Ming Wong Holds His Own Next to Ai Wei Wei

Singaporean artist Ming Wong is holding his own next to Ai Wei Wei at an exhibition organized by Para Site Art Space in the Sheung Wan Civic Centre Exhibition Hall in Hong Kong, even though his works’ relationship to the actual theme of the exhibition is less obvious.

Starting from the outbreak of SARS that affected Hong Kong in the spring of 2003, the exhibition “A Journal of the Plague Year: Fear, ghosts, rebels, SARS, Leslie and the Hong Kong story,” which is spread over different locations, uses different narratives to trace the relationships between contemporary culture and politics of Hong Kong and the world.

Wong’s “The Chinese Detective” — shown in the same room as Ai Wei Wei’s giant powdered milk can map of China — are a series of posters he created after working on his “Making Chinatown” mixed media video installation in 2012. In these posters he explores the portrayal of the “Yellow Peril” or “Villainous Asians” in old American films, as the artist puts it, and studies the evolution of the Chinese detective character from the mysterious Mr. Wong and Charlie Chan to kung Fu fighters Bruce Lee and Jackie Chan.

The Berlin-based artist has long been interested in issues related to identity, which he explores through the deconstruction of well-known cinema productions, in which he plays several different characters in the same piece when he recreates the movie subverting the relationship between language, identity, and gender.

The poster installation goes with a video piece, “After Chinatown,” where Wong reprised the role of a detective to explore its stereotypical position in many Hollywood films. The video is shown on an old television set at the main Para Site Art Space.

Wong shot his new film in the cinematic Chinatowns of Los Angeles and San Francisco, as well as Hong Kong. “All the research pointed to the use of 'Chinatown' as a setting of evil for detective pulp fiction and then film noir, during the time of anti-Chinese immigrant sentiment in the US and UK in the ‘30s/’40s,” the artist explained .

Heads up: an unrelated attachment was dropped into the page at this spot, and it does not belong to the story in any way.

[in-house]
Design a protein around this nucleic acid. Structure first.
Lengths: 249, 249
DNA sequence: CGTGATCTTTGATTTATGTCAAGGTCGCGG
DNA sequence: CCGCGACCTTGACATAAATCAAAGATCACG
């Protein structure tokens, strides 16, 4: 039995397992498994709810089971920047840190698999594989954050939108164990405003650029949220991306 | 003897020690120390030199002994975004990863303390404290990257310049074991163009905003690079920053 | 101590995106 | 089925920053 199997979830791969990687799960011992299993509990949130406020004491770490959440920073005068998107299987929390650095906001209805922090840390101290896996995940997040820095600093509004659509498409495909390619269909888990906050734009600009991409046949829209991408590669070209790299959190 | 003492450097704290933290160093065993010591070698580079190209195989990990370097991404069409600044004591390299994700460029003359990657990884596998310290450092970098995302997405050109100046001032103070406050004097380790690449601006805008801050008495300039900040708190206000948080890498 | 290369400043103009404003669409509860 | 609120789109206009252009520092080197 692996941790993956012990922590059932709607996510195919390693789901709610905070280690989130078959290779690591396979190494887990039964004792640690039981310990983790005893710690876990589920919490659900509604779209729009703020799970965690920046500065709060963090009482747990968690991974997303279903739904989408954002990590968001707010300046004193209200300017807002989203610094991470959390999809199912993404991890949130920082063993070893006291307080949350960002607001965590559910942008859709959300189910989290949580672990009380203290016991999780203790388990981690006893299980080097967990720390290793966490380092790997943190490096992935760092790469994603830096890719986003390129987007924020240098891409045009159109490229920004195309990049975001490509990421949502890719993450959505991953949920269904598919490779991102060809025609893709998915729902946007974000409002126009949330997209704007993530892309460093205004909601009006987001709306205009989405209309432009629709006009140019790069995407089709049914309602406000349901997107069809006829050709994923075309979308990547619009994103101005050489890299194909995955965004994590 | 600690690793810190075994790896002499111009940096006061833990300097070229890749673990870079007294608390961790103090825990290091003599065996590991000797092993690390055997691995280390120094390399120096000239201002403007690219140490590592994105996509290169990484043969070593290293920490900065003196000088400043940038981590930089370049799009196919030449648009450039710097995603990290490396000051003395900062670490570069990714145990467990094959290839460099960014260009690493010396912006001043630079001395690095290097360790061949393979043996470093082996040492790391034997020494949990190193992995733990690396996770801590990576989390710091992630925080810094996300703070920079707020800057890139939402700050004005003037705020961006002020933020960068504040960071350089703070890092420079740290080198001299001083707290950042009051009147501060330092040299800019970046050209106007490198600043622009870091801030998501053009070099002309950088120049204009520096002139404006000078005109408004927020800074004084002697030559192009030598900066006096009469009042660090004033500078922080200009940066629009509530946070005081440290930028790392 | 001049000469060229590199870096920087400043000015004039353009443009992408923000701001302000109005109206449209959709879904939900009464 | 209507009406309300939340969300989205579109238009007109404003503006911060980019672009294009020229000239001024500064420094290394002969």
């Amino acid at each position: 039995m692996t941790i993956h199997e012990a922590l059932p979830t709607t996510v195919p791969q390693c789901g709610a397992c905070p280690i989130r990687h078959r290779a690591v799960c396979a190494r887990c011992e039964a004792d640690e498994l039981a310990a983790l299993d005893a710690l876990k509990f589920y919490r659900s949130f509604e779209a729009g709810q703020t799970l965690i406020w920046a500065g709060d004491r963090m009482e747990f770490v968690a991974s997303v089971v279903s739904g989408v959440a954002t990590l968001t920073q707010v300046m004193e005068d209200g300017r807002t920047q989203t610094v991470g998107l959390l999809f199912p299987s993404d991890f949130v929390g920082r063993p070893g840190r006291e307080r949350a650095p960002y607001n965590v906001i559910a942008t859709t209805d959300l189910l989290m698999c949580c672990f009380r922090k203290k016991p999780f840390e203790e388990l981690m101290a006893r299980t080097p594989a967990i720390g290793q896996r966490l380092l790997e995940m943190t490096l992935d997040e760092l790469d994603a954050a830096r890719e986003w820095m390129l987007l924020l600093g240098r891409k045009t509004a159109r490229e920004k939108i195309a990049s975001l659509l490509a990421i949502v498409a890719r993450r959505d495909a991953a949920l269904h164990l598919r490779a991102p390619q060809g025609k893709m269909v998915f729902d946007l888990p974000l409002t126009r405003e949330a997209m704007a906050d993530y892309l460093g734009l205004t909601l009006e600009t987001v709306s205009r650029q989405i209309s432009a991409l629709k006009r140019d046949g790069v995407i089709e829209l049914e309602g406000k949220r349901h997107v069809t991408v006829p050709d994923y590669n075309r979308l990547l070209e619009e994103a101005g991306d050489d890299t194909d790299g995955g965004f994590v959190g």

The installation is particularly interesting, as he recreated a series of movie posters from old films, such as “Mr. Wong in Chinatown” starring Boris Karloff, “Hammett” by Wim Wenders and Jackie Chan’s “Le Chinois,” cleverly inserting himself into the original movie poster where he makes a mean Jackie Chang doppelganger!

“I usually collect movie ephemera related to the films I work with, so this time it grew from collecting materials relating to Polanski's “Chinatown” to other films that had Chinatown or Chinese in the title like "Mr. Wong in Chinatown" and then other materials with iconography or language related to this “Yellow Peril” in early cinema,” Wong explained.

Wong will also have a solo exhibition at the Shiseido Gallery in Tokyo (6 July — 22 Sept 2013) inspired by Japanese cinema history and will take part in the 12th Biennale of Lyon opening in September. The artist is currently negotiating with a gallery to bring "Making Chinatown" to Singapore later this year.

“A Journal of the Plague Year. Fear, ghosts, rebels, SARS, Leslie and the Hong Kong story” runs until July 20, 2013 at t Para Site and the Sheung Wan Civic Centre Exhibition Hall.

As first published on sea.blouinartinfo.com